As has already been made clear, the overarching scenarios for Ridge Runner exercises can be quite involved and are set in the context of the interactions between the governments of and other actors in multiple fictitious countries. After another Ridge Runner exercise in 2017 that also involved various forces from multiple NATO members situation the alliance's eastern flank, The War Zone had highlighted its relevance in the context of what was then a much more limited conflict in Ukraine and other concerns about Russian aggression.
Ridge Runner is not the only exercise like this that the U.S. military conducts on a routine basis. The capstone event for Army soldiers training to become Green Berets is an exercise called Robin Sage that also focuses heavily on irregular and unconventional warfare skills and takes place in communities across parts of North and South Carolina.
Another example is U.S. Special Operations Command’s (SOCOM) Jade Helm exercises. The 2015 iteration, which took place across multiple states in the American southwest, infamously prompted a number of unfounded conspiracy theories and led to authorities in Texas deploying state military forces to monitor federal troops.
Smaller realistic urban training exercises, generally led by U.S. special operations forces, take place on a regular basis in major cities across the United States. In many cases, these cause concern among local citizens, who may get little advance warning about the sudden appearance of military forces, often in the dead of night. These kinds of exercises received particularly negative attention in April after Army Green Berets and members of the Federal Bureau of Investigation (FBI) accidentally detained an innocent civilian in a botched raid in a Boston hotel.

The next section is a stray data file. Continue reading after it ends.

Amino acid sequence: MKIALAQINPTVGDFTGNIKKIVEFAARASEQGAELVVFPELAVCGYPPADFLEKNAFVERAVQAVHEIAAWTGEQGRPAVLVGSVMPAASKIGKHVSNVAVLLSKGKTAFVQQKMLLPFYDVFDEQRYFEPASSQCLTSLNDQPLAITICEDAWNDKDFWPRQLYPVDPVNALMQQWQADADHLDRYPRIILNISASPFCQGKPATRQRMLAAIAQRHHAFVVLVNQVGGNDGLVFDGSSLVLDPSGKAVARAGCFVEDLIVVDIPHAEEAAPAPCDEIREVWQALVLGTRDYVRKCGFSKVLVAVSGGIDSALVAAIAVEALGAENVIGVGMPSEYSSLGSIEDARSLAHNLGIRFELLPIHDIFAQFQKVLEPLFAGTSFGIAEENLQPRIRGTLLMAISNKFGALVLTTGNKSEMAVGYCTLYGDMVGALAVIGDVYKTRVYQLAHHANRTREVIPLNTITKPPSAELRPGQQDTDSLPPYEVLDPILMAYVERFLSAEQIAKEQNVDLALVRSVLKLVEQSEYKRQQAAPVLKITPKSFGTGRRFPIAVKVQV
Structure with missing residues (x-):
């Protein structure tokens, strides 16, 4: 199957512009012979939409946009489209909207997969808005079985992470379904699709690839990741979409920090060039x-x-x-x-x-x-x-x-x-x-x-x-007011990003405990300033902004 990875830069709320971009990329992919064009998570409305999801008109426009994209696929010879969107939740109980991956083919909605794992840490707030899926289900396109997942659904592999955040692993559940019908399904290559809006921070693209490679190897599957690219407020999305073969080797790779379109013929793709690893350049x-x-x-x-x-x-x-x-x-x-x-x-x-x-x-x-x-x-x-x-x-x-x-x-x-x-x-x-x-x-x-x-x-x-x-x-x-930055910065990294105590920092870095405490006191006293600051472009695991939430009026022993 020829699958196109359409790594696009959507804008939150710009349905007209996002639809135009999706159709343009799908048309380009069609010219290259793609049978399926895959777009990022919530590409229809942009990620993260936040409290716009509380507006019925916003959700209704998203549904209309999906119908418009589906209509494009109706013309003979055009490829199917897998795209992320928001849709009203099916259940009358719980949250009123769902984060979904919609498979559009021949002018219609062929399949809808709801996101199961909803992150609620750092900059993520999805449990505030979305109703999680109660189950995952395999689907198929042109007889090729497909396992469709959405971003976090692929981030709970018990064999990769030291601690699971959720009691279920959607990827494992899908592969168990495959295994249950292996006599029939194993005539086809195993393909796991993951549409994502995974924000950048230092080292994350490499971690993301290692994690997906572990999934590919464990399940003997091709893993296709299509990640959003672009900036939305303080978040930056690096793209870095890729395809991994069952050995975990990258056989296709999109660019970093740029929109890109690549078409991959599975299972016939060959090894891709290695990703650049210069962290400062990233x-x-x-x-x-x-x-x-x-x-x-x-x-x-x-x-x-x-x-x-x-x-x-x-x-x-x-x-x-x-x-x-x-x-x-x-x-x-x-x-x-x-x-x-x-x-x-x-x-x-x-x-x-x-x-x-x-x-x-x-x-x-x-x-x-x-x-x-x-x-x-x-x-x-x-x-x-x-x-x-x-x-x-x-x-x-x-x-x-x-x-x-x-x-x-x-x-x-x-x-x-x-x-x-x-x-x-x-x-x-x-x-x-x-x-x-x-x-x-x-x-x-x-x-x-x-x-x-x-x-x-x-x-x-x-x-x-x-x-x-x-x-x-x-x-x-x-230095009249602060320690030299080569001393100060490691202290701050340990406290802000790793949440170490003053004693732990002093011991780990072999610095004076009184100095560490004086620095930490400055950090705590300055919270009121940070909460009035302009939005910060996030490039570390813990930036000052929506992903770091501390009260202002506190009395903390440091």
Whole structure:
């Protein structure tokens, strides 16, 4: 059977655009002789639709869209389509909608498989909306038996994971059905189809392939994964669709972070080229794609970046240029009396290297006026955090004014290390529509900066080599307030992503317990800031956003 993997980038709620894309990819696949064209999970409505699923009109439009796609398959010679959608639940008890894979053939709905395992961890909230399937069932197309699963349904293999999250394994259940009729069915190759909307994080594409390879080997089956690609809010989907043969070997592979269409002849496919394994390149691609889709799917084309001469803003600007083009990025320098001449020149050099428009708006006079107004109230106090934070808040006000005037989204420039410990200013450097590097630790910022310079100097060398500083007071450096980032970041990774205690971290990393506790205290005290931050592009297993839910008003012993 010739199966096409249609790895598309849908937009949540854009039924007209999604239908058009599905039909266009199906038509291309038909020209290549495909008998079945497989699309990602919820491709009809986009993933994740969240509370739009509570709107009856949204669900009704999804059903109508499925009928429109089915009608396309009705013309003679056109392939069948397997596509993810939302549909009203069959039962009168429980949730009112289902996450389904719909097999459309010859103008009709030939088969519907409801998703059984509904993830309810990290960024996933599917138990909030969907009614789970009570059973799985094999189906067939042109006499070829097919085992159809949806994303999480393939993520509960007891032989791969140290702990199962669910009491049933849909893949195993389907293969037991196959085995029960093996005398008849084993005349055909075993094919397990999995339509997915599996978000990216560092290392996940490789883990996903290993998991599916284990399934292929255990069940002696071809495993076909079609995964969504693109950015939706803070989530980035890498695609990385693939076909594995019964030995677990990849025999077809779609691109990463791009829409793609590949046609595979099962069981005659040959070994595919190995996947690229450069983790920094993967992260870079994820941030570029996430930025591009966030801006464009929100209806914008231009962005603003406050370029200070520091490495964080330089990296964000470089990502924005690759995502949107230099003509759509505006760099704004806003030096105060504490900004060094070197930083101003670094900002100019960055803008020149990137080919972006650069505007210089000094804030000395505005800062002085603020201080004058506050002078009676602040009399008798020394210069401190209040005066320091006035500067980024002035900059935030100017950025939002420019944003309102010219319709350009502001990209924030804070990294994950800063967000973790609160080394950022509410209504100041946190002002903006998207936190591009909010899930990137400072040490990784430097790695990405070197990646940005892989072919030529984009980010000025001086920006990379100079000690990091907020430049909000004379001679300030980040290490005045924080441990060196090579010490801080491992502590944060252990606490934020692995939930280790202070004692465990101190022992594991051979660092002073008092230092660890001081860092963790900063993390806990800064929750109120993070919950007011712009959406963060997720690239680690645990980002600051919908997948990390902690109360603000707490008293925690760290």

With this in mind, the extent of the agreements with local authorities and private individuals across West Virginia in support of Ridge Runner highlights the value of that particular exercise. In general, being able to train in real-world environments, especially urban settings where the U.S. military sees future conflicts occurring, is extremely important for U.S. special operations and conventional forces. Even very realistic purpose-built training areas, like the one seen in the video below, simply cannot fully replicate the nuances that troops can expect to encounter in the field to the same degree.
Conducting irregular warfare training in real-world environments is also particularly valuable given that many of the relevant scenarios involve contexts short of war or otherwise outside of traditional conflicts, or where U.S. forces may not be directly involved in the fighting.
According to the unclassified summary of the irregular warfare annex, the 2020 National Defense Strategy put significant new emphasis on irregular warfare as a potential component of future great power competition against countries like Russia and China.
"State adversaries and their proxies increasingly seek to prevail through their own use of irregular warfare, pursuing national objectives in the competitive space deliberately below the threshold likely to provoke a U.S. conventional response," it explained. "China, Russia, and Iran are willing practitioners of campaigns of disinformation, deception, sabotage, and economic coercion, as well as proxy, guerrilla, and covert operations.
"It is in this competitive space that the Department [of Defense] must innovate. We must creatively mix our traditional combat power with proactive, dynamic, and unorthodox approaches to IW [irregular warfare] that can shape, prevent, and prevail against our nation’s adversaries and maintain favorable regional balances of power alongside our key partners and allies."
Altogether, no matter how much the fighting in Ukraine impacted the planning for Ridge Runner 23-01, the conflict there has underscored the importance of exercises like this and of irregular warfare, in general.